- The issue raised by the council arose out of the recent decision in Perivall Pty Ltd v Rockhampton Regional Council & Ors. The question is essentially procedural. In Perivall there were certain preliminary points raised including the possible lapsing of a development application because it was not properly made. The discussion in that case was whether collateral challenges of this kind to conduct which is said to have been anterior to the appealed decision could be considered in an appeal (given the nature of the statutory right of appeal under the Planning Act) or whether there should be a separate proceeding initiated by originating application. As considered in Perivall, there is a qualitative difference between an appeal against a decision to refuse a development application and a collateral challenge to the validity of the application itself as having not been properly made in the first instance. Clearly this has parallels in the present case. In Perivall it was determined that the latter was not properly characterised as an appeal against the council’s decision.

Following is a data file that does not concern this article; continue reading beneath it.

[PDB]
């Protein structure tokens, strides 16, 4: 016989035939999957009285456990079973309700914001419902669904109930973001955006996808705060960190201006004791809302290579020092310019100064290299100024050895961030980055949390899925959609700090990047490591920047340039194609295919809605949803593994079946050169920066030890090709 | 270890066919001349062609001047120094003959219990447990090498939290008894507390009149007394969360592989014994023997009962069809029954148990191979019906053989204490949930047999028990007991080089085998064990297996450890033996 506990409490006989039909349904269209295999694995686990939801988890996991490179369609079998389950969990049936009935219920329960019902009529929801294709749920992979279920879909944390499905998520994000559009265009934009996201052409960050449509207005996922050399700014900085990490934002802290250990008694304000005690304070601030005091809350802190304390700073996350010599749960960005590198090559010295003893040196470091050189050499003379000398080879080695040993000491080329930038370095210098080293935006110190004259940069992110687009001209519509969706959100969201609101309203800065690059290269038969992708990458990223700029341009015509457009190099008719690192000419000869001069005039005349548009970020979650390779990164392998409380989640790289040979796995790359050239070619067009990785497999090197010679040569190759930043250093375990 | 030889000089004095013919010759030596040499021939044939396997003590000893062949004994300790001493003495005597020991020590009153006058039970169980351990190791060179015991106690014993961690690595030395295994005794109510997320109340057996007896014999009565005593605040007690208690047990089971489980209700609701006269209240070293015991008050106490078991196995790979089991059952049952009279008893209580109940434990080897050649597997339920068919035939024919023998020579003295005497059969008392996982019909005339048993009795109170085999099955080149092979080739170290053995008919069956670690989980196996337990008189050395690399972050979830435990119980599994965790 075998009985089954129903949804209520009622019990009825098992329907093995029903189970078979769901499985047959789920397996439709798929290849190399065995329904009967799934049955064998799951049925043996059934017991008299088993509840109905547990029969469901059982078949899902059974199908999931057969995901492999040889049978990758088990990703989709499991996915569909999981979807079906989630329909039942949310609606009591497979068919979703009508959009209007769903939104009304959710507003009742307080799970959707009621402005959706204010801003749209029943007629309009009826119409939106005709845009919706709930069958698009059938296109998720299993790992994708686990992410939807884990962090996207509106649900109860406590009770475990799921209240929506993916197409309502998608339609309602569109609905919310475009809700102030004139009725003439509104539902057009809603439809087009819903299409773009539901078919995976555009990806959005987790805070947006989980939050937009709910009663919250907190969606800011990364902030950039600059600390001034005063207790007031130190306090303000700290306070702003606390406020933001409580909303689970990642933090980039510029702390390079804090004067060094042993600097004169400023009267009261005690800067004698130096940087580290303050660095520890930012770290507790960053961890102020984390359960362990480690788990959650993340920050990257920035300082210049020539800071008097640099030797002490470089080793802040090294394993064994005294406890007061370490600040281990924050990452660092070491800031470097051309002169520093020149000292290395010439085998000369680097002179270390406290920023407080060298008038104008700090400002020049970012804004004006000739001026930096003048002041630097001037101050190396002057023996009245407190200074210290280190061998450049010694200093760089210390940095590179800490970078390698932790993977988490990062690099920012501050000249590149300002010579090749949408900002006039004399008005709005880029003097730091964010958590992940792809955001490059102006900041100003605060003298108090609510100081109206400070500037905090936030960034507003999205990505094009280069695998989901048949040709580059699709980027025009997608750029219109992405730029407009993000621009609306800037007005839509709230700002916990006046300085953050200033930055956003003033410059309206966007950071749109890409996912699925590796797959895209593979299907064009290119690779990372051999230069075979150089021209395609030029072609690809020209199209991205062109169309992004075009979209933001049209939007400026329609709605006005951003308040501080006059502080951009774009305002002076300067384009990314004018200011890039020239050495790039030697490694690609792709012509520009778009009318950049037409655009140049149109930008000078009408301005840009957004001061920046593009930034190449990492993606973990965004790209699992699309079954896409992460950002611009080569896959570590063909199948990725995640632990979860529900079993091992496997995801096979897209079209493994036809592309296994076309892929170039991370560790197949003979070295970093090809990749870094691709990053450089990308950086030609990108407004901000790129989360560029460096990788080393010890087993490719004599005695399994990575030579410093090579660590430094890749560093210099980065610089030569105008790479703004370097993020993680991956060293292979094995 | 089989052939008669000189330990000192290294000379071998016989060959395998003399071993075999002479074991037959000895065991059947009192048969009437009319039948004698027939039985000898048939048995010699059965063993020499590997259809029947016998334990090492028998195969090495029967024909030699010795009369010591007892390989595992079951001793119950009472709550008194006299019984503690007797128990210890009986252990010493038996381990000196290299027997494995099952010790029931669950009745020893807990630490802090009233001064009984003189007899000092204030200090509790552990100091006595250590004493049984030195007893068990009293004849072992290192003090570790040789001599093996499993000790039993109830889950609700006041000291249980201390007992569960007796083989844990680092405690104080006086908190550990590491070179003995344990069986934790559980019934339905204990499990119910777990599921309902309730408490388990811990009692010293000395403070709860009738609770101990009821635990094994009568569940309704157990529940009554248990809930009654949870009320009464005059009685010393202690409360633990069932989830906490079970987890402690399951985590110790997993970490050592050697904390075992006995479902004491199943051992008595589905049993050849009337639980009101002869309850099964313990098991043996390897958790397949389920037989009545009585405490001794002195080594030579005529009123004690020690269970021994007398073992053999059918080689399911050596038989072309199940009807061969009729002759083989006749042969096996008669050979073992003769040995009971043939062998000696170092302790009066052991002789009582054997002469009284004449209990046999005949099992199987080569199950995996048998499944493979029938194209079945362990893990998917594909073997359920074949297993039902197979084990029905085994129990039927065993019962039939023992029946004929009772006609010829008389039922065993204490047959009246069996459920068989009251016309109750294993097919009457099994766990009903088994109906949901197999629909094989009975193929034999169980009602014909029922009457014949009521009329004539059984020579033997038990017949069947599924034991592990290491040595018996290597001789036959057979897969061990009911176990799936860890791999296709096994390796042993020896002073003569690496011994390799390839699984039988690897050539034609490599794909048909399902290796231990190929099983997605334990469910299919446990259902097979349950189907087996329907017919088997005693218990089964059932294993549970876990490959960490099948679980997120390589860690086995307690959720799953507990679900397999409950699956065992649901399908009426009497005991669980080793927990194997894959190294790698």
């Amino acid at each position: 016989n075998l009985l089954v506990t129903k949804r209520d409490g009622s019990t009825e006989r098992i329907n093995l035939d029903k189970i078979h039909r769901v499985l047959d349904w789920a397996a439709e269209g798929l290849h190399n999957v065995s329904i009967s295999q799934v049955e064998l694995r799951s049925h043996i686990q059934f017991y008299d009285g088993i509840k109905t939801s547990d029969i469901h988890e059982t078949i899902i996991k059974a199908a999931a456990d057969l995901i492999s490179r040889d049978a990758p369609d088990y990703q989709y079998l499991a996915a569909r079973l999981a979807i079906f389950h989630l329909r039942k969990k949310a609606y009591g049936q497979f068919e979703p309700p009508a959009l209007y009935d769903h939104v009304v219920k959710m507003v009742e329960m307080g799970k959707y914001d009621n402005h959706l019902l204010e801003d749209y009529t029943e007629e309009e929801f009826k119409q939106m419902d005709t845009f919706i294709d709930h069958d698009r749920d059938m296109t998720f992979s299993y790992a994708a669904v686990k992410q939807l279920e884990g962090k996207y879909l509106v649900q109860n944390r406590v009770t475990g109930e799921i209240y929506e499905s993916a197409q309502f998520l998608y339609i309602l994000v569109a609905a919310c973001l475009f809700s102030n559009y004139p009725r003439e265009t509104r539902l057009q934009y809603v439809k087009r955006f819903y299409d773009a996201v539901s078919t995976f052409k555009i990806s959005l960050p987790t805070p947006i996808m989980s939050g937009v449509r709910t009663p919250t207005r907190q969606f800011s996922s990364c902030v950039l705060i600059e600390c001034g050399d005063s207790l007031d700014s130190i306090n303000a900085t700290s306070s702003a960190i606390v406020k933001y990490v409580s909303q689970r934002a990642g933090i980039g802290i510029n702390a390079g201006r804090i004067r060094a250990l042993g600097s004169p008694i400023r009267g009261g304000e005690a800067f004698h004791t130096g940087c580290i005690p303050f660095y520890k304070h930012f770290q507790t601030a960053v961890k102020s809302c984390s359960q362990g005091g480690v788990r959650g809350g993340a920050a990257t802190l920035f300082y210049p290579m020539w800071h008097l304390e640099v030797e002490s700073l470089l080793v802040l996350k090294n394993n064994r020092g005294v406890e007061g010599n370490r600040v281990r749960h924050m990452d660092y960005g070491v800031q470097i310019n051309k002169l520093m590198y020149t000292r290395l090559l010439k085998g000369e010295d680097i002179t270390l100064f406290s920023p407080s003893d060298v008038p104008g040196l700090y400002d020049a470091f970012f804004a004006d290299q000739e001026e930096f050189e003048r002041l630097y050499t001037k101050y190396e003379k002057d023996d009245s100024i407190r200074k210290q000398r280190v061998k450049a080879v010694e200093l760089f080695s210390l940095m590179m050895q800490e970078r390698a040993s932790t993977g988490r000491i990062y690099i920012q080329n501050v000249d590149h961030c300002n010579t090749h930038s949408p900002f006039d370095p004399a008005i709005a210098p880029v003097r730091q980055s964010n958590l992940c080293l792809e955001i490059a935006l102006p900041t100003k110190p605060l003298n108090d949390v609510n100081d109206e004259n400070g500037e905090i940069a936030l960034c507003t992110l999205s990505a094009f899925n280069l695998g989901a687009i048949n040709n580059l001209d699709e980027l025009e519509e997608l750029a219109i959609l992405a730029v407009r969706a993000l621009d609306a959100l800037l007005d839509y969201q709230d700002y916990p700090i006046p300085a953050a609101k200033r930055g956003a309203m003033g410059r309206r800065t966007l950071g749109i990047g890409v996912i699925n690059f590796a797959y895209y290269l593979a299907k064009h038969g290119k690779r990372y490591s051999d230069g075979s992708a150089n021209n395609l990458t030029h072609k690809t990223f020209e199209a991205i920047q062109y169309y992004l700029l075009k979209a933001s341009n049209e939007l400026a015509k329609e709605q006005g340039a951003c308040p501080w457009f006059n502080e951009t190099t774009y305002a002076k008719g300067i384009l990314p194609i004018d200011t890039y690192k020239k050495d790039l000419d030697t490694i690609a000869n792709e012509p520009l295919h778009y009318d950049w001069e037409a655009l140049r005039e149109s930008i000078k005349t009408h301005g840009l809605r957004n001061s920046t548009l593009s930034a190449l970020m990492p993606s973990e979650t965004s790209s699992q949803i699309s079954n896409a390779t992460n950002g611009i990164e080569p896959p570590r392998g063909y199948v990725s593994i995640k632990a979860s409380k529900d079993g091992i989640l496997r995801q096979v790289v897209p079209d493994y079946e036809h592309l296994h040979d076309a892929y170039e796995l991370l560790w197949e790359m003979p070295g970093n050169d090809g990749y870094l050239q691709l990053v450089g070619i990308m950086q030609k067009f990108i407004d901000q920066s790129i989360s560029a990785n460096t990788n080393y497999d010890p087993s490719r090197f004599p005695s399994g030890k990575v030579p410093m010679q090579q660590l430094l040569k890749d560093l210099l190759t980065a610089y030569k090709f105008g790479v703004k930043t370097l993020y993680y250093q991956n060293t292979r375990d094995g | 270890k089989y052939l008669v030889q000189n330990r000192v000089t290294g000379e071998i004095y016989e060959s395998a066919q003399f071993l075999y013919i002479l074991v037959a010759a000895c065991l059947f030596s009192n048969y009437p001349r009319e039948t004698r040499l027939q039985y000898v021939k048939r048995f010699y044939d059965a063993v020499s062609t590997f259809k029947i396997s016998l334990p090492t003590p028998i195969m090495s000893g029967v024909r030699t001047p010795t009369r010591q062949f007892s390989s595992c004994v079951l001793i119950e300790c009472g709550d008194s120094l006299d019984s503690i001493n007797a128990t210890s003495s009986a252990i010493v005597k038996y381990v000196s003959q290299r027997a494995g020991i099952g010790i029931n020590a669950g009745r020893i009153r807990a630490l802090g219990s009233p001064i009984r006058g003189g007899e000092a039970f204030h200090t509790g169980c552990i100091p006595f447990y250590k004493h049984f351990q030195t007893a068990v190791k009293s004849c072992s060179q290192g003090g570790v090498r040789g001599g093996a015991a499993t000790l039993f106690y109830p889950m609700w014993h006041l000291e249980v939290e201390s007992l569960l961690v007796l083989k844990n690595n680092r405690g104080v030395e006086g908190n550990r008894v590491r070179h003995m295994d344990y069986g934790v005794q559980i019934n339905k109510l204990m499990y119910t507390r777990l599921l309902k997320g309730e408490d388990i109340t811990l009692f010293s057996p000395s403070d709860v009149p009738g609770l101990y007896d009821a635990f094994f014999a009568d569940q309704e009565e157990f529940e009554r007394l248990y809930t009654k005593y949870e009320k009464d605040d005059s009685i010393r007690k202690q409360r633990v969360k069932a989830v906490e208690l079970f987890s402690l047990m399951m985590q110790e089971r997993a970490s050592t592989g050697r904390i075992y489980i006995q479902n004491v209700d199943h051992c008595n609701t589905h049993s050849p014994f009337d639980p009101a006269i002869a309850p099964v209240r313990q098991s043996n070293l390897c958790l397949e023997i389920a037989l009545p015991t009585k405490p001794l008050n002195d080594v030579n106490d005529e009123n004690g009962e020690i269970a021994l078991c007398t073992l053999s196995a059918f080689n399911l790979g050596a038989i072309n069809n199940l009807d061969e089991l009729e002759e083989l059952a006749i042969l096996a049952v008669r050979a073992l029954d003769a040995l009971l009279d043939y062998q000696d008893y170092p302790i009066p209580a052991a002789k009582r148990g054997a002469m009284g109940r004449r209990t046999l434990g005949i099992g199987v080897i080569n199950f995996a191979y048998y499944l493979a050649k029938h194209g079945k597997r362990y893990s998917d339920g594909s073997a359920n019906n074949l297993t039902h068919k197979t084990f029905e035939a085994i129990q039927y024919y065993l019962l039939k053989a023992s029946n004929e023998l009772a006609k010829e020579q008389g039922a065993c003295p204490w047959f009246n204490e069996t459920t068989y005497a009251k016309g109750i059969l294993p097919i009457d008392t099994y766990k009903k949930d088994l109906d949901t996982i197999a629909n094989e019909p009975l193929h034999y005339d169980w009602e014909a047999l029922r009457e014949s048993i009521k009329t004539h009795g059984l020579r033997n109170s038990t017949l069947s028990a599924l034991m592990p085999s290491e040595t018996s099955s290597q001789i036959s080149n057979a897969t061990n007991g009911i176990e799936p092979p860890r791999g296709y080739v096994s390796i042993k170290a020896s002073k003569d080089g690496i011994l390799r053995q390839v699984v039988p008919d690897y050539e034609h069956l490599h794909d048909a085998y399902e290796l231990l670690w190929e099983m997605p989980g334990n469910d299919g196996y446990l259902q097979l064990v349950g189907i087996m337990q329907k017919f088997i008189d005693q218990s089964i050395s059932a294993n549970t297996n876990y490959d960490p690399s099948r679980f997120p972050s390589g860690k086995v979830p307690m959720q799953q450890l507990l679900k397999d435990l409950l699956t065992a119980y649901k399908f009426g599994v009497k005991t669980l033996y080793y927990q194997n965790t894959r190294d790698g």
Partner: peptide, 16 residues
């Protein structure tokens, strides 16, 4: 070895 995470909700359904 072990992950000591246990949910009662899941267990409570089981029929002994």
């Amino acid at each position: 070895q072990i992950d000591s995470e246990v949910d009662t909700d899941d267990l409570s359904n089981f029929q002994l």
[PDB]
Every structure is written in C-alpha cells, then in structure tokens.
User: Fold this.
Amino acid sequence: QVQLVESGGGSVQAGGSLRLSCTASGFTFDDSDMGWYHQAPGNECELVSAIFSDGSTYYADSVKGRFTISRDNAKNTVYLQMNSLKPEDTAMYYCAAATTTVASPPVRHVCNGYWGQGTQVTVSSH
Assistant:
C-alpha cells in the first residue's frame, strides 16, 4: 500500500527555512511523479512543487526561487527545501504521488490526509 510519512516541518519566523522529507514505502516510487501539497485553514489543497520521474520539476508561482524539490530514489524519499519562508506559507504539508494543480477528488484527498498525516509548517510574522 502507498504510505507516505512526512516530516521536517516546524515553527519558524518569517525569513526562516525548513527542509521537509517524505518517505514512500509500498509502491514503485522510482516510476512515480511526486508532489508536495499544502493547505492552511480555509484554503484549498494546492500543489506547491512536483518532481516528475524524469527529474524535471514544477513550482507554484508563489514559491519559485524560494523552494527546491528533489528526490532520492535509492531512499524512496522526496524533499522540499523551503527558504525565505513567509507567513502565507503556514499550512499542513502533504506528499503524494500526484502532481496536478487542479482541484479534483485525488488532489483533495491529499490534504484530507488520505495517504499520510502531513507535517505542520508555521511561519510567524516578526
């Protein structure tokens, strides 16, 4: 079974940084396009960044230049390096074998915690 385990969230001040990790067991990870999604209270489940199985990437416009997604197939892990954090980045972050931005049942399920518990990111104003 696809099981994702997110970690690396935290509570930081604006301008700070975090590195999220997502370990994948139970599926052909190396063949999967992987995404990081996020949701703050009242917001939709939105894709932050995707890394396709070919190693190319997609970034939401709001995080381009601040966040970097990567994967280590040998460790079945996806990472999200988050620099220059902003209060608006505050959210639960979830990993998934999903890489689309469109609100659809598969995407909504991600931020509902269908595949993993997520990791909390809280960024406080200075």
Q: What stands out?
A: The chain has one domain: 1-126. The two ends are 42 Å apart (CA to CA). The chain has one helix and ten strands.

- The council thus seeks to cure this problem by an amended application in a pending proceeding raising the same issues discussed above, but also seeking an order that the application in a pending proceeding to be taken to have been started by way of originating application. Such an approach was rejected in Perivall, largely for reasons associated with the merits of the point under discussion. However there was also concern that, the right being akin to judicial review, there had been no request for reasons as to the challenged point, as would be conventional in judicial review. There has, similarly, been no such request in this case; however in my view this is not an obstacle, given the nature of the error and the fact that the problem is being raised by the council itself, not a submitter or objector. If asked, the council would not provide reasons excusing the anterior point; rather, it would concede the application was invalid and should have been regarded as such.